Questions asked in a job interview might seem easy but in reality the interview panel is assessing every word of yours.
An outstanding resume, impeccably professional attire and a pleasant personality might see enough to bag that job you have been eyeing. But in reality how you face the volley of questions thrown at you seals your fate in a job interview.
Though there are no hard and fast rules as to what bouncers you will to tackle, there are some common questions that you can expect Remember, these responses are only suggestions. Try to personalize your response as much as possible.
Tell me something about yourself
A common question that helps breaks the ice and keeps the conversation flowing is also your first opportunity to offer an overview of yourself and accomplishments. Your answer should be precise and structured to offer a brief personal and professional summary of yourselves.
What are your greatest strengths?
You need to leverage this question to highlight not just your best skills but also traits that are desired for the current opportunity. Describe two or three skills that are most relevant to the job. Avoid clinches or generalities.
Examples: Leadership skills, team building skills and organizational skills ability to handle multiple tasks, time management.
What do you know about our organization?
Every recruiter expects you to have some basic knowledge about the organization. Focus your response on what you understand about the company (history/ products/industry/leaderships / performance record) and what you find exciting about it future.
Why should we hire you?
Before you respond to the question you need to ensure that you understand the specific needs and expertise relevant to the position. The answer should cover how the person is going to contribute in the organization, what value additions he or she brings in and what are the unique selling propositions
How long do you plan to stay with us?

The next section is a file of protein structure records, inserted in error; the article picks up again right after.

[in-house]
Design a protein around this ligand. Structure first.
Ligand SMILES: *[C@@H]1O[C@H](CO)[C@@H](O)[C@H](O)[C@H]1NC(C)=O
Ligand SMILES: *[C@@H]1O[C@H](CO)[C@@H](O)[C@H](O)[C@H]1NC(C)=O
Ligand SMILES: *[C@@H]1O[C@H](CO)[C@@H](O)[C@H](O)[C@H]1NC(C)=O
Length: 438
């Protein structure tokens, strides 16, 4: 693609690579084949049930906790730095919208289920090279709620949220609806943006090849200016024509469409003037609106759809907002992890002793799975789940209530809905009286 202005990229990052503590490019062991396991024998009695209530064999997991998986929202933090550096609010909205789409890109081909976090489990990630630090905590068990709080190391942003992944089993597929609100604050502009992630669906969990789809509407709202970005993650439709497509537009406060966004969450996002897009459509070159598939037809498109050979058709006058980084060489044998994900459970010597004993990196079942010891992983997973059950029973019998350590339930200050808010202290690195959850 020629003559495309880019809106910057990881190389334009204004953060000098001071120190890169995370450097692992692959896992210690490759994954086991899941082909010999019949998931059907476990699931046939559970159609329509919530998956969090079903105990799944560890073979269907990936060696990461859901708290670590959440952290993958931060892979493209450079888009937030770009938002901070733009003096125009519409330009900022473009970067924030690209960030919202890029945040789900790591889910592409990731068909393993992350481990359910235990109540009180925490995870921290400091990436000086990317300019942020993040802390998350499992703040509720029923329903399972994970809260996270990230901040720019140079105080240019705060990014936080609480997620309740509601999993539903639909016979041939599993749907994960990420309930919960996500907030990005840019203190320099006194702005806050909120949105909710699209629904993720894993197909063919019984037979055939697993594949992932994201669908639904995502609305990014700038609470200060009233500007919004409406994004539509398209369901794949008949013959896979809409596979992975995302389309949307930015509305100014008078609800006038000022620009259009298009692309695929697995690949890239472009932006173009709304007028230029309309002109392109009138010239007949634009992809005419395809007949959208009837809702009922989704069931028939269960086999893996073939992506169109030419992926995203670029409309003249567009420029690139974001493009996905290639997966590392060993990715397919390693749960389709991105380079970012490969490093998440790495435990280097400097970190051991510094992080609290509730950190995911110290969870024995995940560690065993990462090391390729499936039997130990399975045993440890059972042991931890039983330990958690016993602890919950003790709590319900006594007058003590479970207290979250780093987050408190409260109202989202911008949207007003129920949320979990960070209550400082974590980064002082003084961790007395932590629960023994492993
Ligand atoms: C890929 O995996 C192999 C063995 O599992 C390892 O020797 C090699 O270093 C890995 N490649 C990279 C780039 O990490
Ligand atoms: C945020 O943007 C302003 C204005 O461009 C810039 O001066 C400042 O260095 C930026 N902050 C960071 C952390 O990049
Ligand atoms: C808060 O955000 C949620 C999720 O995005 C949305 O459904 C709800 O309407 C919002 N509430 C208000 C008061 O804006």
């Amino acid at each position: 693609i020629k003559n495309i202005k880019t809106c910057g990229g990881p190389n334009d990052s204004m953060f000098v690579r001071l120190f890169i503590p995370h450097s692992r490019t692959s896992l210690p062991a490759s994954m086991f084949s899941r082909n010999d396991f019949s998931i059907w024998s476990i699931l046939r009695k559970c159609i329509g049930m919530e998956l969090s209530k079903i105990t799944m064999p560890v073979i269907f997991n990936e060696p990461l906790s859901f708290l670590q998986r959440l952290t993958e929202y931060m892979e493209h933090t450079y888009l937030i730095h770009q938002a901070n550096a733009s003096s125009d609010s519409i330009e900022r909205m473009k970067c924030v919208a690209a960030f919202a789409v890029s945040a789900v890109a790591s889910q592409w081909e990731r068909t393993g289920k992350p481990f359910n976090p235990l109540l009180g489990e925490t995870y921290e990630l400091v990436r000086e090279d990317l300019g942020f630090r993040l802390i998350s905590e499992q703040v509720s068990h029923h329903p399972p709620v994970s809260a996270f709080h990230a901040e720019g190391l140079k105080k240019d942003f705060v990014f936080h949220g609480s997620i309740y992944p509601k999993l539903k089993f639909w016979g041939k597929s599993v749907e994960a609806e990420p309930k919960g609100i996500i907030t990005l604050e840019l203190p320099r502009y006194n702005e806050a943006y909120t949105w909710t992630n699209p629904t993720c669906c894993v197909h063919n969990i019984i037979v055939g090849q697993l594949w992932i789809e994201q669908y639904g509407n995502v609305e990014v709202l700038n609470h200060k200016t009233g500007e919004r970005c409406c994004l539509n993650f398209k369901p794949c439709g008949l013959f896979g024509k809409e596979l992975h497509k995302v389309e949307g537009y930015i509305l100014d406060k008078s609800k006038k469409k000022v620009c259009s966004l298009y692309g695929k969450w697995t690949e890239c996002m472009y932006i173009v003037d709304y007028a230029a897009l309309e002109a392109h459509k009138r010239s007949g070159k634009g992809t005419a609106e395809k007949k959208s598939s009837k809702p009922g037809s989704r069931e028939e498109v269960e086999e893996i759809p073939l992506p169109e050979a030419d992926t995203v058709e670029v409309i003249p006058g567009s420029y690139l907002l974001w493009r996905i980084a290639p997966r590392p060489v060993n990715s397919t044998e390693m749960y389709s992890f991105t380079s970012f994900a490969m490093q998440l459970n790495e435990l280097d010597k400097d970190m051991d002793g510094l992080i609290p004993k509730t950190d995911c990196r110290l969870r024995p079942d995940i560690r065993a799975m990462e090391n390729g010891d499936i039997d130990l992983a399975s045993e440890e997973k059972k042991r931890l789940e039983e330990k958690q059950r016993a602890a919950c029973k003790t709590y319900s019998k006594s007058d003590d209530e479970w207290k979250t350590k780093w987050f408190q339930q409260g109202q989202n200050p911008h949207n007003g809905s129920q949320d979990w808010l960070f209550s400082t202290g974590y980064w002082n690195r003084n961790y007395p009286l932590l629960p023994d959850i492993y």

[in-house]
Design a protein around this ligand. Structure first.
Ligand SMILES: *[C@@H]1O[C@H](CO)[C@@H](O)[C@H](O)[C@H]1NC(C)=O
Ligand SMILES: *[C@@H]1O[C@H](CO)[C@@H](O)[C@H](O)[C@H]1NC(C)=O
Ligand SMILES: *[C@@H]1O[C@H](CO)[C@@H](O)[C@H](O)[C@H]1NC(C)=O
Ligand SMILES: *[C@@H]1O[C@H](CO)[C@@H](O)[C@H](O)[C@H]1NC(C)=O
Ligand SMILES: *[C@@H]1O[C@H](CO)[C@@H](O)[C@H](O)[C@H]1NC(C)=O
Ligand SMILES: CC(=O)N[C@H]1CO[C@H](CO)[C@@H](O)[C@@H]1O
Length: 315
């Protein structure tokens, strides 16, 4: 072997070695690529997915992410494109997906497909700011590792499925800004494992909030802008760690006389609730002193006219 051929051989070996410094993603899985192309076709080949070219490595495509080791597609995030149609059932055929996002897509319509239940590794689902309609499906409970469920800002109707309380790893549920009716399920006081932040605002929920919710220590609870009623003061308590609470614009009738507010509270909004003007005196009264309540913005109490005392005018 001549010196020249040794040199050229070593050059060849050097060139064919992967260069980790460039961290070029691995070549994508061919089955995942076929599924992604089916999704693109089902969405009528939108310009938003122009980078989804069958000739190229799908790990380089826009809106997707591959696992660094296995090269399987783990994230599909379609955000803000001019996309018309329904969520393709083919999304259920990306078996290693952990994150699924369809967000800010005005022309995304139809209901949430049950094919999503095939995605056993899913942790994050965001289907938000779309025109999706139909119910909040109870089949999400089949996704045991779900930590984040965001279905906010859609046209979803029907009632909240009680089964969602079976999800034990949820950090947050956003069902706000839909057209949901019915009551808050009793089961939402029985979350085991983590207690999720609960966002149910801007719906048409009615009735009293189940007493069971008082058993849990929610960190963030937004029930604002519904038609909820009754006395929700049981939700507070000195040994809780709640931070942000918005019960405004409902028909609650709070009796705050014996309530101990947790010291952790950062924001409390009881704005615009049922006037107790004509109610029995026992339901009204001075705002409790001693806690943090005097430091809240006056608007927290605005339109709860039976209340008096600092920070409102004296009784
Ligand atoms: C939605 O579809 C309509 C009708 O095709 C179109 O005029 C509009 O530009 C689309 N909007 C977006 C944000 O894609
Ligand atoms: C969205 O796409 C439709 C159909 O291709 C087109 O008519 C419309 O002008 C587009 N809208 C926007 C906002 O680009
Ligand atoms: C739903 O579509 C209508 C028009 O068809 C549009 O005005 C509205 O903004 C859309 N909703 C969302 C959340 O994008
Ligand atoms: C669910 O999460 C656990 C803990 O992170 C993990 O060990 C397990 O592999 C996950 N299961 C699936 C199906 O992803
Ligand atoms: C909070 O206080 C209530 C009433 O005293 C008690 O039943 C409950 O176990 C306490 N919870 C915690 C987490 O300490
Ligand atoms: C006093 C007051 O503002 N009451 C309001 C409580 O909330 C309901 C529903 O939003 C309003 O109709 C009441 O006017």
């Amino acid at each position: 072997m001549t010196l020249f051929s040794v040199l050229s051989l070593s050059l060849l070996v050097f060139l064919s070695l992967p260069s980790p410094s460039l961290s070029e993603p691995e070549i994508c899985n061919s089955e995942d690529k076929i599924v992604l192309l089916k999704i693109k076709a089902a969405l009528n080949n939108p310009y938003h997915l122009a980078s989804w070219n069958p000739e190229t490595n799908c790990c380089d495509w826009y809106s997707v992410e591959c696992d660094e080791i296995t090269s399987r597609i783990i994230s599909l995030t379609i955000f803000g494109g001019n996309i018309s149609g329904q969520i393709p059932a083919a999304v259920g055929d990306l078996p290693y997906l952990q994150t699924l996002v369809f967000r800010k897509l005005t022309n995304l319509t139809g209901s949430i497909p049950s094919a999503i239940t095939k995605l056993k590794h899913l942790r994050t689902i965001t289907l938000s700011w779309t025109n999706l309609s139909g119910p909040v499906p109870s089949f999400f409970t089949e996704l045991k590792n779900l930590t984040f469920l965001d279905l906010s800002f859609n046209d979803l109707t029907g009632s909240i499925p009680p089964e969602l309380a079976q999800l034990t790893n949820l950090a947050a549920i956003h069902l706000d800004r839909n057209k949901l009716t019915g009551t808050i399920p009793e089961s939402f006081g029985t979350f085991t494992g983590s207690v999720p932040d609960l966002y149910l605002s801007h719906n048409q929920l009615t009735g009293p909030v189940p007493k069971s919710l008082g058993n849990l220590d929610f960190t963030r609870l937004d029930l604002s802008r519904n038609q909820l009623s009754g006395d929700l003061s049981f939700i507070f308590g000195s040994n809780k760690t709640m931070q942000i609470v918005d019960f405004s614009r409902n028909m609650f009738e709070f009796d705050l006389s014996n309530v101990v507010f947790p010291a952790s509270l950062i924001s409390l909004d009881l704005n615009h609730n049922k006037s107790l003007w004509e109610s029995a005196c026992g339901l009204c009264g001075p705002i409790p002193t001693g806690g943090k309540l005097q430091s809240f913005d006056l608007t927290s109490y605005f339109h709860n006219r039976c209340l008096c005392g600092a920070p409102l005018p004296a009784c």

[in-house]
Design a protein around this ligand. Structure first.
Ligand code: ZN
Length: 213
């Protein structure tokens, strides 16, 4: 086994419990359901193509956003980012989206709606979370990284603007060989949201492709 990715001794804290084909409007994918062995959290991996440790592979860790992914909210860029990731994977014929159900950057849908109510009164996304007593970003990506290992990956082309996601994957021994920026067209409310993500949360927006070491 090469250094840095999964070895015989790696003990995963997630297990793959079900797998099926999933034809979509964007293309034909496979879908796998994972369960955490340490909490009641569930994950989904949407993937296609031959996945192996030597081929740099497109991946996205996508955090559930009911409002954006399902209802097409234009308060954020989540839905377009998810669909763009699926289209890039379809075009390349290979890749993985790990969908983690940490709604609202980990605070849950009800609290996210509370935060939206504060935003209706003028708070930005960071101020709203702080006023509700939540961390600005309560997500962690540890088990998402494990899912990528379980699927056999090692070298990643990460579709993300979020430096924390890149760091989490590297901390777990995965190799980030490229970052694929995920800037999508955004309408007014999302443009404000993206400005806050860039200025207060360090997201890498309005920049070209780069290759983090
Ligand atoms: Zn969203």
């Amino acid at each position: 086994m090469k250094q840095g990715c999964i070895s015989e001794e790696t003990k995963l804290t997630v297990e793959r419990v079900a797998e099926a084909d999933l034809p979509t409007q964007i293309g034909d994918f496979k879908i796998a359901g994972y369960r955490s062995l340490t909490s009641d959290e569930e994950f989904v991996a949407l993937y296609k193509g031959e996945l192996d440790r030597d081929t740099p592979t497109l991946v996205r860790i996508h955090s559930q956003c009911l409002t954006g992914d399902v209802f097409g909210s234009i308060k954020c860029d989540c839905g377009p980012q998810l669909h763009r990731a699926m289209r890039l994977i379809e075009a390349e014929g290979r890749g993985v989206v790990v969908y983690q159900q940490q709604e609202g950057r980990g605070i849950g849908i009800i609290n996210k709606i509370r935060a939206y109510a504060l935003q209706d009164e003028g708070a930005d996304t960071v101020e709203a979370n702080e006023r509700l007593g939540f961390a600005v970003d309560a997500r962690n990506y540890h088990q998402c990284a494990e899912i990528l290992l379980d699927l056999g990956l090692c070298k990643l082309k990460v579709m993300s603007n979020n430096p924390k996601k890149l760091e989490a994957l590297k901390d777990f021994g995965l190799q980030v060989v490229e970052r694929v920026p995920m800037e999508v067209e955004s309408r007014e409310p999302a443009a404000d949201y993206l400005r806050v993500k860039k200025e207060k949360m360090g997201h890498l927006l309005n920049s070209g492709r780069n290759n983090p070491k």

The best answer here would be to say that one is looking for a long term career progression and growth opportunities are provided. Do not mention a job title that one would want next or the interviewer will wonder if one already preoccupied with moving on.
What is your biggest weakness?
Always try to turn your weakness into a positive or demonstrate how you have tried to overcome your weakness.
Examples: I’m a perfectionist, I sometimes have a hard time delegating or I tend to expect others to work as hard as I do.
The interviewer is trying to see how one would handle a difficult situation in the workplace and the approach to problem solving. The best bet is to choose a situation preferably that wasn’t caused by self and which had a positive outcome and explain what one did to overcome the problem.
Why do you want to leave your present organization?
This is not an opening to speak badly of the former employer. Focus on your need for newer challenges greater responsibilities and increased learning opportunity. You may want to emphasize on how the current opportunity is aligned to your long term aspirations and career goals.
What are your expectations regarding remuneration?
It is wise to defer the question till the company has decided to hire your for sure. If the interviewer insists on a response try and keep your response broad and generic. The best answer would be that you expect that you would be given a fair raise in terms of your qualifications and experience proportionate with peers / similar roles in the organization.
What do you look for in a job?
There isn’t a right or wrong answer to this question. You need to show enthusiasm during the interview and highlight your focus on opportunities that meet your long term career plans and support professional growth and development.